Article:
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Federal Reserve ends bull market endorsed by influencers


FFor years, the adage “Don’t fight the Fed” meant only one thing: buy stocks. Now legions of newbie investors who have never had to deal with inflation before are learning that it can mean something else too.

Battered for months by hawkish statements from Jerome Powell, a man investors once saw as their staunchest ally, the S&P 500 ended Monday more than 20% below its latest all-time high, ending a bull run of two years among the most powerful ever recorded.

That Powell’s Fed ends up being the villainous star of the sell-off is bittersweet medicine for people who thought they had the market figured out. A booming economy, solid earnings estimates and still-hungry consumers weren’t enough for stock bulls to weather searing inflation and a determined Fed Chairman to rein it in.

The decline has been brutal for newly baptized equity enthusiasts, once armed with government stimulus checks and told to bet them for a long time, often by online impresarios and other new-wave advice givers. It turns out that investing remains a risky business, especially when central bankers change course.

“The Fed’s put is a wing and a prayer at this point,” Victoria Greene, chief investment officer at G Squared Private Wealth, said over the phone. “Investors should be prepared for more pain.”

The S&P 500 fell 3.9% on Monday after its ninth weekly decline in 10, becoming the latest benchmark to suffer a drop of at least 20%. The small-cap Russell 2000 entered a bear market in January, while the tech-heavy Nasdaq 100 did so two months later.

The decline ends January 3 in what was in many ways an unprecedented bull market for the S&P 500. At 651 days since its start on March 23, 2020, this was the shortest on record. Yet what it lacked in duration, it made up for in velocity. Its 53% annualized gains over the period were the largest on record.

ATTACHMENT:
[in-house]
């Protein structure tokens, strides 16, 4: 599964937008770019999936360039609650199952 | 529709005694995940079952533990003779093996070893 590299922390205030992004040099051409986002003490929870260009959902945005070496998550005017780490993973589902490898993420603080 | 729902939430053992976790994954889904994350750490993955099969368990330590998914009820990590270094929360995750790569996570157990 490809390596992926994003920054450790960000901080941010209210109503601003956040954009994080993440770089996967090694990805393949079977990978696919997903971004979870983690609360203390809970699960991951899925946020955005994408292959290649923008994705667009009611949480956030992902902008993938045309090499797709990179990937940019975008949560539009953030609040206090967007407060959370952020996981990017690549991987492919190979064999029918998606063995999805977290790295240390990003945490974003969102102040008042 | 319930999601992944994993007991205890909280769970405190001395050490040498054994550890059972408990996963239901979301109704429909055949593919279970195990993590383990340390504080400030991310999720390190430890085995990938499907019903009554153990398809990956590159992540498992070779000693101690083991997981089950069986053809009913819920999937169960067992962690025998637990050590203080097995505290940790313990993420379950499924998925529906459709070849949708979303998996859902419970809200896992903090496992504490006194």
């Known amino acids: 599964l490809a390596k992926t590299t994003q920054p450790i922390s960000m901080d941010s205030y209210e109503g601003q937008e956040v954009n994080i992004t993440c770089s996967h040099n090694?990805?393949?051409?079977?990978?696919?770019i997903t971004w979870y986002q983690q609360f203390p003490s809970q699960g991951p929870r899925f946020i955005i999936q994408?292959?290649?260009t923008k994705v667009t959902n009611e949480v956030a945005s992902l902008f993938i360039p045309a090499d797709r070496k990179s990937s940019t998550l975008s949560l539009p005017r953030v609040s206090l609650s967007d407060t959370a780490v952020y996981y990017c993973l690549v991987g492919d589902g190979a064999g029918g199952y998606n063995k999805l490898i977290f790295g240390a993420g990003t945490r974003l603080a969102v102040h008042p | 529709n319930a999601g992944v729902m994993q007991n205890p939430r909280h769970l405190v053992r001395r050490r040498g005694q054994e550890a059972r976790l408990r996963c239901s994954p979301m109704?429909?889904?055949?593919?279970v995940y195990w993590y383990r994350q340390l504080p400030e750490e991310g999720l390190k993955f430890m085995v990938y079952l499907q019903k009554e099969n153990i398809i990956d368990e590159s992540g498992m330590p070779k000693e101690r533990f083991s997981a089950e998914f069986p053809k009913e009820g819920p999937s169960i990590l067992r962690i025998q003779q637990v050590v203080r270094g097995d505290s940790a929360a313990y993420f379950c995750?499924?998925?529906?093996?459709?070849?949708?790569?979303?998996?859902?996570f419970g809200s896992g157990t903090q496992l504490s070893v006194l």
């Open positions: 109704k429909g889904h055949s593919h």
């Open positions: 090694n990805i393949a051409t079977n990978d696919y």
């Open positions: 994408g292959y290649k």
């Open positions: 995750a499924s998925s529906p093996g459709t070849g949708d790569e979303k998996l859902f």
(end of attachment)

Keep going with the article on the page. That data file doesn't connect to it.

Read more: Why so many tech stocks are falling

And its wealth is far from exhausted. Anyone lucky enough to have bought stocks at the low point of the pandemic is still – even after Monday’s loss – sitting on a gain that nearly cancels out 30%, whereas over the past three and five years, the yield is greater than 11%.

You can get a sense of the flavor of an era from the people it made famous. In the dotcom bubble, securities industry gurus like Henry Blodget and Jack Grubman earned regulatory scorn for their role by putting a professional veneer on what turned into a brutal judgment call for speculators. On the latest trip, it was not the Wall Street analysts but the do-it-yourself tastemakers on social media who cheered the most.

Much of this rally is due to the Fed itself, which rushed to the rescue in March 2020 after the pandemic forced shutdowns that strangled the economy. Government stimulus paid directly to households soon followed, flooding the market with liquidity in a rarely seen joint easing.

Armed with free dollars and stuck at home with no sports to bet on, many Americans have turned to the stock market, prodded by social media stars like Barstool Sports’ Dave Portnoy, who has insisted stocks won’t never go down.

The retail mania culminated in January 2021, when a dizzying rally at GameStop Corp. captured the nation’s attention, making Keith Gill, the trader known as “Roaring Kitty” a star. Day traders continued to bid frantically on a wide range of fringe and eccentric stocks in what became one of the biggest euphoric episodes in recent history.